The company also made donations for the construction of multiple churches, many catering to the disparate ethnic groups brought in to work in the company mines. The early mining community reflected Upper Peninsula immigration patterns from the 1840s: the dominant group were Cornish miners, with Irish, German, French Canadian, and a few Scandinavian families mixed in. Later immigration brought Italian workers, as well as Poles, Slovenians, Croatians, and more Scandinavians, notably Finns.

Calumet, Michigan panorama c1900
Calumet c. 1900 from east (Oak Street in foreground; note the twin steeples of St. Paul's in right center)


Industrial Calumet

The copper-bearing rock mined by the Calumet & Hecla Mining Company was deposited in a narrow band only one-and-a-half miles in length, running approximately where the modern Mine Street is located. Calumet & Hecla sunk fifteen shafts along the lode; although the shafthouses have all been removed, numerous other mine-related buildings still stand in the area. The overall integrity if the site is extremely high, as many of the buildings are essentially unaltered and remain in fair to excellent condition. In addition, there has been no new development on the site.

Significant remaining business and social-related structures built by the Calumet & Hecla Mning Company or its officers include structures include the company office building, town library, Alexander Agassiz's home, the Miscowaubik club, the bathhouse, and the Calumet Village School. Industrial buildings include a machine shop, locomotive roundhouse, paint house, blacksmith's shop, pattern shop, pattern storage building, two warehouses, firehouse, man-engine house, steam boiler house, substation, dryhouse, gear house, and a drill house. Although railroad tracks have been removed, their location is still apparent.

The industrial buildings are of vernacular architecture, primarily constructed of sandstone or red brick with grey mine rock foundations.

Industrial Calumet

Commercial Calumet

The main commercial section of Calumet is located northwest of the Calumet & Hecla mine location. The commercial section is accessed form the mine via Red Jacket Road, which becomes Fifth Street within the village. Fifth and Sixth Streets make up the main commercial area of Calumet. The structures here reflect the prosperous copper boom years of Calumet, as sandstone and brick business blocks were erected. These buildings are primarily rectangular, and are embellished with stock metal cornices, terra cotta trim, and cast iron thresholds and columns.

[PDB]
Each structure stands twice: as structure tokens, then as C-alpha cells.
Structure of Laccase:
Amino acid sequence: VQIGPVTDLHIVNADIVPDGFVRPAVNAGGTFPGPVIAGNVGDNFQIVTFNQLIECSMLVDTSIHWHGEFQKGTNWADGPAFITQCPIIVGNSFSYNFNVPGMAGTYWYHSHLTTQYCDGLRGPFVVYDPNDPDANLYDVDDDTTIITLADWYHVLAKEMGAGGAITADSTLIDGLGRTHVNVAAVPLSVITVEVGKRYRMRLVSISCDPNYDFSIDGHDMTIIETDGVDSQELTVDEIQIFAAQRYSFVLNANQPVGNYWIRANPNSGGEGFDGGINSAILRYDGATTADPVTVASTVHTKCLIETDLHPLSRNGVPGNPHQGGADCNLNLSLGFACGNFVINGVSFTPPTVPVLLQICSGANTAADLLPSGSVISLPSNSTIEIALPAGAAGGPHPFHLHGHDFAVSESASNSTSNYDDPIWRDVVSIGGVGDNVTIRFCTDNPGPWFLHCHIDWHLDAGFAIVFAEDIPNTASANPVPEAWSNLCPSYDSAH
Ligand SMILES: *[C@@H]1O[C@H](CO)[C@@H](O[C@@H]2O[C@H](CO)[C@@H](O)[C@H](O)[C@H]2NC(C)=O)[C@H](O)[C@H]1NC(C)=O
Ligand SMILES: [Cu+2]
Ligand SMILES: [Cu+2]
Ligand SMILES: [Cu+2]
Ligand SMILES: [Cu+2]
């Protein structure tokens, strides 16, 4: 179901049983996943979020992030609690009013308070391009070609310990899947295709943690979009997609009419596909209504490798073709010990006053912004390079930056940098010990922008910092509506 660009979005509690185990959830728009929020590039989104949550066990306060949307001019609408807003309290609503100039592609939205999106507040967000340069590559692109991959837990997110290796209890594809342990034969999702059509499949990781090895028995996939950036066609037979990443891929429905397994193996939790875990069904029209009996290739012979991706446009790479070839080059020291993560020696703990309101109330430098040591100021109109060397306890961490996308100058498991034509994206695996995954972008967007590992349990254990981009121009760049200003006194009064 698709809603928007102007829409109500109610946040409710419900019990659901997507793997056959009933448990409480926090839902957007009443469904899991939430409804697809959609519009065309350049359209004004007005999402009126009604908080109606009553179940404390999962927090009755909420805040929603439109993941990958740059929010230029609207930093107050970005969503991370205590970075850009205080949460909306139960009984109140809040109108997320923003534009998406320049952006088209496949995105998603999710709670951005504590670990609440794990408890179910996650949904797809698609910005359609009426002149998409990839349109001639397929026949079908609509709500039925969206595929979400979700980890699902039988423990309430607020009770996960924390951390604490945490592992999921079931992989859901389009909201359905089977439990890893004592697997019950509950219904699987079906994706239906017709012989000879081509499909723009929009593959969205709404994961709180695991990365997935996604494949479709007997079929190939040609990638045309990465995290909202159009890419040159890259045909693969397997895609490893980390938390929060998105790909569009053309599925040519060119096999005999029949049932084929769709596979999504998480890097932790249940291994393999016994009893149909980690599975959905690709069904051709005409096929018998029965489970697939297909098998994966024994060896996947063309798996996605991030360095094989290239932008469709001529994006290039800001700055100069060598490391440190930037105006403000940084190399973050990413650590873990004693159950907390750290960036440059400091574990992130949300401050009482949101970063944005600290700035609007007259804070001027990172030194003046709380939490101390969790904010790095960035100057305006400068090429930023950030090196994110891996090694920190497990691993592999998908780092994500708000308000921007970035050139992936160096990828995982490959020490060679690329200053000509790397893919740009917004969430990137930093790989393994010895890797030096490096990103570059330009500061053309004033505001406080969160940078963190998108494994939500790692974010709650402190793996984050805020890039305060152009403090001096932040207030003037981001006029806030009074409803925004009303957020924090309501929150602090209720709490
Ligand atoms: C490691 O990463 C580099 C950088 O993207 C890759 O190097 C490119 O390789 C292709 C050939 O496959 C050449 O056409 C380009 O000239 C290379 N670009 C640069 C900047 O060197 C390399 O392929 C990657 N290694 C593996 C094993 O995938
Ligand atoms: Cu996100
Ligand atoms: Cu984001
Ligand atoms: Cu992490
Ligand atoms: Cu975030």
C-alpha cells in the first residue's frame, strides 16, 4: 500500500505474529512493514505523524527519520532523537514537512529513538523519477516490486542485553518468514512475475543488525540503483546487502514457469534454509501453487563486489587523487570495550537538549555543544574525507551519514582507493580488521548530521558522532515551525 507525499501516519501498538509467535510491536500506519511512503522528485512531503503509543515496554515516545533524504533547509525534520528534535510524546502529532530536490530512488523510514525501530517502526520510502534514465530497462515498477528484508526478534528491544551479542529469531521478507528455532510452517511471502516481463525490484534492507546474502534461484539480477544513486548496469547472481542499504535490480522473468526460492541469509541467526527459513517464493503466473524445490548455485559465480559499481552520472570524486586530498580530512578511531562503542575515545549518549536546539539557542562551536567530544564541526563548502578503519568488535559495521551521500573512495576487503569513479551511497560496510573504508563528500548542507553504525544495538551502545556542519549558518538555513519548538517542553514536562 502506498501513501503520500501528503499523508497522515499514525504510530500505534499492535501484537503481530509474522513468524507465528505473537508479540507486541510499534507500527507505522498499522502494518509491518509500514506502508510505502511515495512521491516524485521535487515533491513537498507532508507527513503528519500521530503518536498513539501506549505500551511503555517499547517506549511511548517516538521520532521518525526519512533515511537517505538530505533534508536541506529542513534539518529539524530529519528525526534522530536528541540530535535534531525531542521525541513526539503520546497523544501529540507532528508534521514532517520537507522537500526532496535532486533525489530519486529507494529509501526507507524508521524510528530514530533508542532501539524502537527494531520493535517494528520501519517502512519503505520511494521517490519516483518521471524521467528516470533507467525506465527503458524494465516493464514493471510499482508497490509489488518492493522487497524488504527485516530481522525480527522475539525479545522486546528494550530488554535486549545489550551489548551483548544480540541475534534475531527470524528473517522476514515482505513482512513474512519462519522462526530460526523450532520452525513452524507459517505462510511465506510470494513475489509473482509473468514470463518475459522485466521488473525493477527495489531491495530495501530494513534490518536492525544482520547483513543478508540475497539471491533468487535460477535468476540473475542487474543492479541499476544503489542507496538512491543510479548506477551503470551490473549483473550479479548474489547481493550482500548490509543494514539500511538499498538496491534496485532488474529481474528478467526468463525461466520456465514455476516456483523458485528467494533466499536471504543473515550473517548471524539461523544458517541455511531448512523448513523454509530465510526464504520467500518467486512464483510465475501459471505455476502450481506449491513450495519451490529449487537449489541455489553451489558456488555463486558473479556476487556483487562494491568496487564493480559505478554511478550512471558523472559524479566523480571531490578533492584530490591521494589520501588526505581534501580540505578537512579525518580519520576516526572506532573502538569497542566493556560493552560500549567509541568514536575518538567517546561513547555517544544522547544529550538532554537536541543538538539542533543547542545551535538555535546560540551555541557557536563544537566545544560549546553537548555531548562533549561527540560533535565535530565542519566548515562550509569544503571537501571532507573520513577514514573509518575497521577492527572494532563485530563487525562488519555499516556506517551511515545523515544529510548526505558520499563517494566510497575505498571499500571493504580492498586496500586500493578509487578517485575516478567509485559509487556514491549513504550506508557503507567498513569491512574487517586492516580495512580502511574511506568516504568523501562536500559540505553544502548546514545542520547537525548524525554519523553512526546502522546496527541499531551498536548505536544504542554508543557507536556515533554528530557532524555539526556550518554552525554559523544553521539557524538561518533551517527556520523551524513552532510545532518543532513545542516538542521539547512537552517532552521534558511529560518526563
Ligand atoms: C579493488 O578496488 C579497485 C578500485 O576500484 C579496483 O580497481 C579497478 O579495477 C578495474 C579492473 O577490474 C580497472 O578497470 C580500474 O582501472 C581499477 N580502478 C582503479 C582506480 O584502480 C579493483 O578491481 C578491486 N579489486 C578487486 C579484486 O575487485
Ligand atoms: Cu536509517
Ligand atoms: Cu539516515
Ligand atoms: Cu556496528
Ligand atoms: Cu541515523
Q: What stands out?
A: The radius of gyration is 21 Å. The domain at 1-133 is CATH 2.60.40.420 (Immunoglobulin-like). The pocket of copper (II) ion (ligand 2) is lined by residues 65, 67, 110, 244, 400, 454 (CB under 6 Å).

Although a few structures have been lost over time, the commercial section of Calumet retains much of its historical integrity, with unified streetscapes and well-preserved vistas. Due to depressed economic conditions. alterations of the existing buildings have been minimal.

Downtown Calumet

Religious and social Calumet

The Calumet and Hecla Mining Company encouraged social and religious groups to found chapters in the Calumet area. The company donated land for the erection of numerous churches and halls. These included at least eight churches, as well as a Union Building for fraternal organization, and gathering places for ethnic groups. The most notable of these was the Italian Hall (now demolished), the site of the 1913 Italian Hall disaster.

Along Red Jacket Road between the commercial section of Calumet and the mine location stands a cluster of churches, as well as the Union Building. The most prominent of the churches in this cluster is Ste. Anne's in New Town, which is now the Keweenaw Heritage Center at St. Anne's. Ste Anne's was designed in 1900 by the firm of Charlton, Glibert, and Demar, and is one of the finest churches in the area. It was originally a French Canadian Roman Catholic church. The land it was built on was leased from the Calumet & Hecla Company.

Another prominent church, still used for religious services, is St. Paul's on the corner of Eighth and Oak.

The Union Building, located on Red Jacket Road near Ste. Anne's, was built in 1889 on land donated by the Calumet & Hecla Mining Company. The building originally housed the Masons and the Odd Fellows organizations, and over the years was home to more than twenty benevolent organizations. The construction of the Union Building reflects the paternalism of the Calumet & Hecla Mining Company, as it selectively donated land to organizations which would shape the local culture of Calumet and the company's workers. In the Fall of 2011 the Union Building reopened to the public as the Calumet Visitor Center for Keweenaw National Historical Park.

Agassiz Park, a wedge-shaped area east of the downtown and bordering on the mine property, was originally an open commons based on the Boston model. However, although some open space remains, a substantial portion of the park was developed as subsidized housing.

Religious and Social Calumet

Residential Calumet

Residential sections of Calumet surround the central business district, primarily on the west and north. Many of these were built by the Calumet & Hecla Company during the copper boom years of 1870–1910, primarily in the form of single-family homes or duplexes. Many of these company homes are 2+12-story wood-frame houses, sided with clapboard or shingling, sitting on mine rock foundations and having a gabled roof. Much of the residential housing stock is relatively unchanged from original construction, save the addition of other siding materials and front porch renovations.

Houses of the more prosperous merchants also exist in Calumet, in Queen Anne, shingle, and other Victorian architectural styles. These houses are for the most part in excellent condition.